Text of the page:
What Good Is a University Or College Degree?

Back when I was was first working for the telephone company in outside craft as a lineman and cable splicer I was continuing my own education, something I have done ever since I discovered the world of books. I always hated the public school system. Yes, I tended to be a bit lackadaisical about school work, homework tended to be a bore and there were so many other things in life to explore. In fact it wasn’t until community college when I had to spend my dime obtaining a degree that learning in that formal setting became palatable. But back to fourth grade for a moment. My love of books goes further back to the time my older brother by three years went off to school and brought his books home. I could not read the words but I could sure read the pictures. That is one of the habits elementary teachers must break their pupils of doing. although one learns a lot for pictures, something I still do.

But in forth grade the corporation called Scholastic Services Corporation, funny I should remember that name after all these years, created a publication for use in the four to sixth grades called My Weekly Reader. The teachers used it as a supplement and I, along with all my classmates read the thing, although I must admit is tended to be a bit boring. But after a few weeks from the start of classes we received a simple catalog of paperback books that the corporation sold at a slightly discounted price. Now the thing was, there were the normal juvenile fiction that I seldom touched with a ten foot stick. It was hard enough to get me the read a volume of the Hardy Boys. Good old F.W. Dixon, who wrote perhaps twenty percent of the stories and farmed out the read to ghost writers. But somewhere along the line they added adult volumes. I read biographies, autobiographies, war memories, war histories, a lot of adult books. Yeah, it would take me a while to get through them each six weeks but I carried on through, reading for comprehension. The stories interested me in ways that the standard school books never could. this was my process of self education and it served me very well.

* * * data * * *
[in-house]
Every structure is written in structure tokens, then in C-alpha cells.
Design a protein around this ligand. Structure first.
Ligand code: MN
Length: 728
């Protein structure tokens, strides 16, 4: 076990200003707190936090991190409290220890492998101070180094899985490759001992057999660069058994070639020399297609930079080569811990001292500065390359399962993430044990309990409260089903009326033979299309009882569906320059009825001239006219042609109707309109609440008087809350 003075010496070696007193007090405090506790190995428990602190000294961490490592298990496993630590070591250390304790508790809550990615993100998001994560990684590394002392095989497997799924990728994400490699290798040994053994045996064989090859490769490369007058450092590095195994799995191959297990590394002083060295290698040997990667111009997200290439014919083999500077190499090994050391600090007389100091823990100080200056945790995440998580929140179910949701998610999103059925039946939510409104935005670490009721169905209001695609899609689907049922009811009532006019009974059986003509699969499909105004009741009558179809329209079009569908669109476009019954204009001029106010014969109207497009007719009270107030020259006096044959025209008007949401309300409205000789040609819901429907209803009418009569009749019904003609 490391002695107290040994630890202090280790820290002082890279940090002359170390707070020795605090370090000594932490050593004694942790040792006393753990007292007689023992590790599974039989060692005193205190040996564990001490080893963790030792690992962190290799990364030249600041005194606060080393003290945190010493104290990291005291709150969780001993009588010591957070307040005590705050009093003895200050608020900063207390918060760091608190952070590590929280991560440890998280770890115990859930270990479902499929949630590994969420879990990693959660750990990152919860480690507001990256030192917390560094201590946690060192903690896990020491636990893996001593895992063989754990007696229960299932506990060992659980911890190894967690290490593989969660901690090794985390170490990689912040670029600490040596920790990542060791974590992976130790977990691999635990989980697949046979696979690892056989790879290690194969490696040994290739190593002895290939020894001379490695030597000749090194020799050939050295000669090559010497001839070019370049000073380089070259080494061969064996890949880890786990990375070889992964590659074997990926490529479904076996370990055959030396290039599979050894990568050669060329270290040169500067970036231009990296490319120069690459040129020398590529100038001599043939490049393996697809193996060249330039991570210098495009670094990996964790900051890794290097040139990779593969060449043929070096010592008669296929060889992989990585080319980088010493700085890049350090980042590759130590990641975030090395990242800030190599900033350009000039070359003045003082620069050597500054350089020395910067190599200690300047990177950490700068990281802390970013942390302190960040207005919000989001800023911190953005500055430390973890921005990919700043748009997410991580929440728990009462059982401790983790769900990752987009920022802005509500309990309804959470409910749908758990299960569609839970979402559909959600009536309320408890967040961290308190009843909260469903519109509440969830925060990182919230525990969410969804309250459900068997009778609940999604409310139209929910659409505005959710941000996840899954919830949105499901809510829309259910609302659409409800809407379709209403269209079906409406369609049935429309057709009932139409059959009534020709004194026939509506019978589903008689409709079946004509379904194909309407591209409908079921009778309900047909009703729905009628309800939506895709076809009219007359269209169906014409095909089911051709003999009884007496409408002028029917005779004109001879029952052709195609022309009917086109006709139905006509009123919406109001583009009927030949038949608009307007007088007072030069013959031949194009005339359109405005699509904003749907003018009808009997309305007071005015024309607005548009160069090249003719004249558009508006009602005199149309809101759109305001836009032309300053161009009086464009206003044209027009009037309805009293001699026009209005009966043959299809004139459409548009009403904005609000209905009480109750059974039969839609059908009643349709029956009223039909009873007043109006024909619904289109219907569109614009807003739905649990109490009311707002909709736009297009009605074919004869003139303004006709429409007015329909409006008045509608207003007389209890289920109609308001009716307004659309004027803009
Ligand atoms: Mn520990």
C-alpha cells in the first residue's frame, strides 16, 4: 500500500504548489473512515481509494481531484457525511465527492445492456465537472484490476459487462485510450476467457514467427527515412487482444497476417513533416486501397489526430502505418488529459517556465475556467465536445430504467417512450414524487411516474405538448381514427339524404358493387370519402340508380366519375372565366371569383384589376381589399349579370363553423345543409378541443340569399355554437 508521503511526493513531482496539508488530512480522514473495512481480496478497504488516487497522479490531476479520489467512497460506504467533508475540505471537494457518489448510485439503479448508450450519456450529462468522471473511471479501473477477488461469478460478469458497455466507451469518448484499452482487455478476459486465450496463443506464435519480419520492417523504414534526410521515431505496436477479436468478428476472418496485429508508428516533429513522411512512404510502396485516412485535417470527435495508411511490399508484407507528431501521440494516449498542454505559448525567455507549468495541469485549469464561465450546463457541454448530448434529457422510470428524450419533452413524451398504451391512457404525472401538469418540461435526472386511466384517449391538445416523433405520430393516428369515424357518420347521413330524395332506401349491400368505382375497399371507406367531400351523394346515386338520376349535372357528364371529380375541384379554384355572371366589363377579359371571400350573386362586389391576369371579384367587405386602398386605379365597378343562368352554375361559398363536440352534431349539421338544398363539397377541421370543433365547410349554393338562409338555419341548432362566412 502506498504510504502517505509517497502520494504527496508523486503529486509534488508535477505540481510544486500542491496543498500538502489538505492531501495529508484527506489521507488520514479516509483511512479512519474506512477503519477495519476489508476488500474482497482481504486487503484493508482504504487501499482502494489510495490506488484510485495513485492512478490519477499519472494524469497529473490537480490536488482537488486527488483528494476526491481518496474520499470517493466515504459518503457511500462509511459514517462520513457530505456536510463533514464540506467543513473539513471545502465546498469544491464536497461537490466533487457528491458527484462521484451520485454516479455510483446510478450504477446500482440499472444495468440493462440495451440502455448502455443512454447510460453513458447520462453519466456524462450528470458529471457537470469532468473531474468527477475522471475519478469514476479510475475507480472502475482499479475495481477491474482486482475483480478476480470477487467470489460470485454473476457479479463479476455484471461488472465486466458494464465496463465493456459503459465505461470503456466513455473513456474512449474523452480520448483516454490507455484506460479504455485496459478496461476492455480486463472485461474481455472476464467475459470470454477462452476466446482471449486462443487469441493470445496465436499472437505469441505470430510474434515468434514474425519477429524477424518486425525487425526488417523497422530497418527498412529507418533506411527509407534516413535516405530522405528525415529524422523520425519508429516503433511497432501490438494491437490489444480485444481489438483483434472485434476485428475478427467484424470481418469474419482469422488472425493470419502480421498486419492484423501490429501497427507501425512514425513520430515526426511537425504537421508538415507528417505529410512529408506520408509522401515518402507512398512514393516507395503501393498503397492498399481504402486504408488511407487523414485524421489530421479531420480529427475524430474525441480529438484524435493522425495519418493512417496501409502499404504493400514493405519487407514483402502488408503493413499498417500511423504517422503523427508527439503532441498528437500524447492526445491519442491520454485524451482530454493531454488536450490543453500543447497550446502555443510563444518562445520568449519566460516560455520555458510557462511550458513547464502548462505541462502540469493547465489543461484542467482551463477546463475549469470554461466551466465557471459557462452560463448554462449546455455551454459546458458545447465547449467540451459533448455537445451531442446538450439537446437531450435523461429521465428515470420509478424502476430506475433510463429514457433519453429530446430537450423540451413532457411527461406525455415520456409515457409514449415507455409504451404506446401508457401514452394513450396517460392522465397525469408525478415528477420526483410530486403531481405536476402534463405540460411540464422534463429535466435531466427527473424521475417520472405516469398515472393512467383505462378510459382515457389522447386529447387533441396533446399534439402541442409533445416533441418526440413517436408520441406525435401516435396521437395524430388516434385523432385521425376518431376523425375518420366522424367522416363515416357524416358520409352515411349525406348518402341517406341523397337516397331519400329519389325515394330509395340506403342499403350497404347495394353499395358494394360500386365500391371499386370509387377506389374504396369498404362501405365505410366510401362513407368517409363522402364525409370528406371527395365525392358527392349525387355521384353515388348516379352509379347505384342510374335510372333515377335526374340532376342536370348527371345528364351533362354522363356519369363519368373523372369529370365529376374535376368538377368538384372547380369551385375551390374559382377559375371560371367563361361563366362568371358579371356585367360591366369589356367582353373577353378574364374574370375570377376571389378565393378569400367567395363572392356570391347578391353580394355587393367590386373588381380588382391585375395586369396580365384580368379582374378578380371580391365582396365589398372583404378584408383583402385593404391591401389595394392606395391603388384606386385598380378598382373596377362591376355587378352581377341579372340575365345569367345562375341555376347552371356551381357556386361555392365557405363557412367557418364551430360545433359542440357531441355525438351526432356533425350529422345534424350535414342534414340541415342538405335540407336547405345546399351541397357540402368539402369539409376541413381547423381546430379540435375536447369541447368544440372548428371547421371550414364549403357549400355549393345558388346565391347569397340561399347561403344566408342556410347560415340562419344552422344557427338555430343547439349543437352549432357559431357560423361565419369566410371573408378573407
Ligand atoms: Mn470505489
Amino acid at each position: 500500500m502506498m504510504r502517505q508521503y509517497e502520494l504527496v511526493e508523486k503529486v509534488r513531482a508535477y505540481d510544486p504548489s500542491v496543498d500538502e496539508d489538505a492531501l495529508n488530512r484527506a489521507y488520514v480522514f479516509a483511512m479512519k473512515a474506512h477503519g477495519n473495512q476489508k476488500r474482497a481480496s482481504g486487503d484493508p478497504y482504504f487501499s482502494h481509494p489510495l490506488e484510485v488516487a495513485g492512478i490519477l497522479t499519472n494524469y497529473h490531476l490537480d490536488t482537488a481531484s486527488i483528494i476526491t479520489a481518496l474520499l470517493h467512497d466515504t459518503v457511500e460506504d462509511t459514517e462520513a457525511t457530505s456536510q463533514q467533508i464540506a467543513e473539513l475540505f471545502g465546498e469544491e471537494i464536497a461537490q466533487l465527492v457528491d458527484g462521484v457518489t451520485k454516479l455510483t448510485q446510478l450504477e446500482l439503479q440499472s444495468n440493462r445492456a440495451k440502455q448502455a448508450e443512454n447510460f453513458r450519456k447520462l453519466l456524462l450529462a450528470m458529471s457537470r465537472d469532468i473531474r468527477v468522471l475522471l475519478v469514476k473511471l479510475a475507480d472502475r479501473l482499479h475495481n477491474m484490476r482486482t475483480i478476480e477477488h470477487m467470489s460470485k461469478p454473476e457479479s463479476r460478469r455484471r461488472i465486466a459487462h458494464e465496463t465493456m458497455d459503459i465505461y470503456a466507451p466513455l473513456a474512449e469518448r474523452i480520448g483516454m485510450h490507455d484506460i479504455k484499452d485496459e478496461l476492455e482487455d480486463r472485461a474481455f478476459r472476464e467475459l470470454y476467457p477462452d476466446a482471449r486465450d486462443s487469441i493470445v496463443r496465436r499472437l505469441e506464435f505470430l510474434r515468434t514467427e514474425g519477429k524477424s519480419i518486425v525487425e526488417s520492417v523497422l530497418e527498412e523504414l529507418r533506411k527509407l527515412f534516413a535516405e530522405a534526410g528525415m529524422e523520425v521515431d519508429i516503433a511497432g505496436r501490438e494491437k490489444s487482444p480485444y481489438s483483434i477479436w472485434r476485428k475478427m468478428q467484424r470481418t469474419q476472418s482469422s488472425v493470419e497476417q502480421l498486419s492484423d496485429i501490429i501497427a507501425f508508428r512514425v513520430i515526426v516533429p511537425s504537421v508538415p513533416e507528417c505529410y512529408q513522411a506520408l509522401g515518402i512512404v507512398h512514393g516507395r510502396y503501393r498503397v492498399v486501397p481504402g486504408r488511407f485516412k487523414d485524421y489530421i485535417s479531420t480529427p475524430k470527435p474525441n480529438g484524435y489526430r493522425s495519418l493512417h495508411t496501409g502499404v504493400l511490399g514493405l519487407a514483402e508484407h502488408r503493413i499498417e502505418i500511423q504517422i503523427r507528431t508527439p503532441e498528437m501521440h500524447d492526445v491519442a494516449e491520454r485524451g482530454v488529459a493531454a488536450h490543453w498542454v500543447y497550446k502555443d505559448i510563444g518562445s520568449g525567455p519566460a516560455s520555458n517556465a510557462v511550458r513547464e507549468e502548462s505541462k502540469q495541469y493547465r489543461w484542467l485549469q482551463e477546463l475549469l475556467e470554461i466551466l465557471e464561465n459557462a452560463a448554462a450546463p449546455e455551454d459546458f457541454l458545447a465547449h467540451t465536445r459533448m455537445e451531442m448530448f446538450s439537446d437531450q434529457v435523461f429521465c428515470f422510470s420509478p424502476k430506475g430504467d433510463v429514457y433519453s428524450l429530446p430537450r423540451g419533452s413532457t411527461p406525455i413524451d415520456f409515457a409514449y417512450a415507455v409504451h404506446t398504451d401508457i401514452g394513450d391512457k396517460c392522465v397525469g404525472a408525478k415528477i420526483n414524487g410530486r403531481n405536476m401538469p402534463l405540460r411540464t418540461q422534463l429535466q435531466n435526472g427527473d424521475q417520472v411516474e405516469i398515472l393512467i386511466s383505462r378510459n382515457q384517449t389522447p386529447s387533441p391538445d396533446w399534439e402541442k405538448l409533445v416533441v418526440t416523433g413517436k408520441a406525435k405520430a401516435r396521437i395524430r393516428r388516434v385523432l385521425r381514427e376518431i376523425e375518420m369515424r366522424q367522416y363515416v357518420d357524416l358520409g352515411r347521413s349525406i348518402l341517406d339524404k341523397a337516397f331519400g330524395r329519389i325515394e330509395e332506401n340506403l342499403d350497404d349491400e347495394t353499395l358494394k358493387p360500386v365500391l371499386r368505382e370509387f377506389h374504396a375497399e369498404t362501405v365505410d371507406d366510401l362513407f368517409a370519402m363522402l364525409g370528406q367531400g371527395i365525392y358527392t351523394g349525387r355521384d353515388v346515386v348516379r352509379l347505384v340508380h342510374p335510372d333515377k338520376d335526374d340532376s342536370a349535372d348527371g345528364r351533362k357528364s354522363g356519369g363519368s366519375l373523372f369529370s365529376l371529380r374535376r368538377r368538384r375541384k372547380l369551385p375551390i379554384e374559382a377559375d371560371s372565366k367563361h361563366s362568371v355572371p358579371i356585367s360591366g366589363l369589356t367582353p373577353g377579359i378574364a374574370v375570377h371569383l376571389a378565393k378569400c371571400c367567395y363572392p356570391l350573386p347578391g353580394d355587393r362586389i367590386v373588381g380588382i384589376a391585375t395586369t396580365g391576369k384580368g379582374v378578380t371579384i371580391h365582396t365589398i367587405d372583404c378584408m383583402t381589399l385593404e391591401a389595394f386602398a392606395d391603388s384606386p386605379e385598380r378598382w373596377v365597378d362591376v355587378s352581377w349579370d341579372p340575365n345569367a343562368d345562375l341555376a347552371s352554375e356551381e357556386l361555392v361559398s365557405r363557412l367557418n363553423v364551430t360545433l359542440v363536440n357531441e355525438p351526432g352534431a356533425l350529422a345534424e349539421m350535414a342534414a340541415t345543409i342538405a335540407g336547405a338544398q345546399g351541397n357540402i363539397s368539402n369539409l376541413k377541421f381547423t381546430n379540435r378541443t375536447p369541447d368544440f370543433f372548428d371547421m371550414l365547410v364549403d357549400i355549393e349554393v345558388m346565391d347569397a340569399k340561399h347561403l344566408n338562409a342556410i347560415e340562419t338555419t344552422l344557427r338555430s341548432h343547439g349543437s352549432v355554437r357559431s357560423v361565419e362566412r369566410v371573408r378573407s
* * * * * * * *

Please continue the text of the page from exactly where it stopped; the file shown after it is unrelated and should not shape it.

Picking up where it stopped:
So I continued my habit into junior and senior high school. I even managed to obtain a library card at Swarthamore College (now University) library when I was fifteen and the coeds thought I was a sophomore there. I read what I liked, what intrigued me. well I was both stubborn and contrary, a trait that I still take still enjoy. what can I say, I love libraries. My personal collection is very large, over four thousand volumes. Of late I have been increasing my collection with fiction. Not just any fiction, mind you, I want the old classics, the forgotten masterpieces, the popular well written literature film producers found exciting. Good literature should be exciting, it should tell its story well without concern for awards and prizes. Good literature sells itself. I was a rebel, I read the forbidden, the stuff judged as trash (Mickey Spillane), Norman Mailer, James Baldwin, and a host of anti-establishment writers. I always surprised my high school English teachers with the selections I made for their dumb book reports.

You see, education is not about following the rules. Why should you at the age of sixteen read Silas Marner? George Eliot is boring at that age. Give me Richard Roark and his raw fiction, let it capture my mind just as H H Munro had captured the minds of previous generations. What’s wrong with King Solomon’s Mines except there is no sex in it? Why should I take an introduction to Psychology or Linguistics when I want to know something about language learning or abnormal psychology? Actually, a history of psychology is far more useful as is a survey of social linguistics. do you really need to start with world history or american history to understand the historical process? Read through Churchill’s History Of the English Speaking Peoples or Arnold Toynbee’s History of The World. Read some Weber or Locke. If you really want to learn something then research it, find a few books on that subject. Find lists of books that others recommend and then go to Amazon and look them up, find the ratings and read the three and two star ratings. Those are the honest reviews, the ones that are sugar coated words of praise sure to curry favor. College won’t teach you these strategies. The books are assigned and may or may not be of value, but they will cost you a pretty penny one way or the other. And even now I still make book notes although I am not always consistent about it.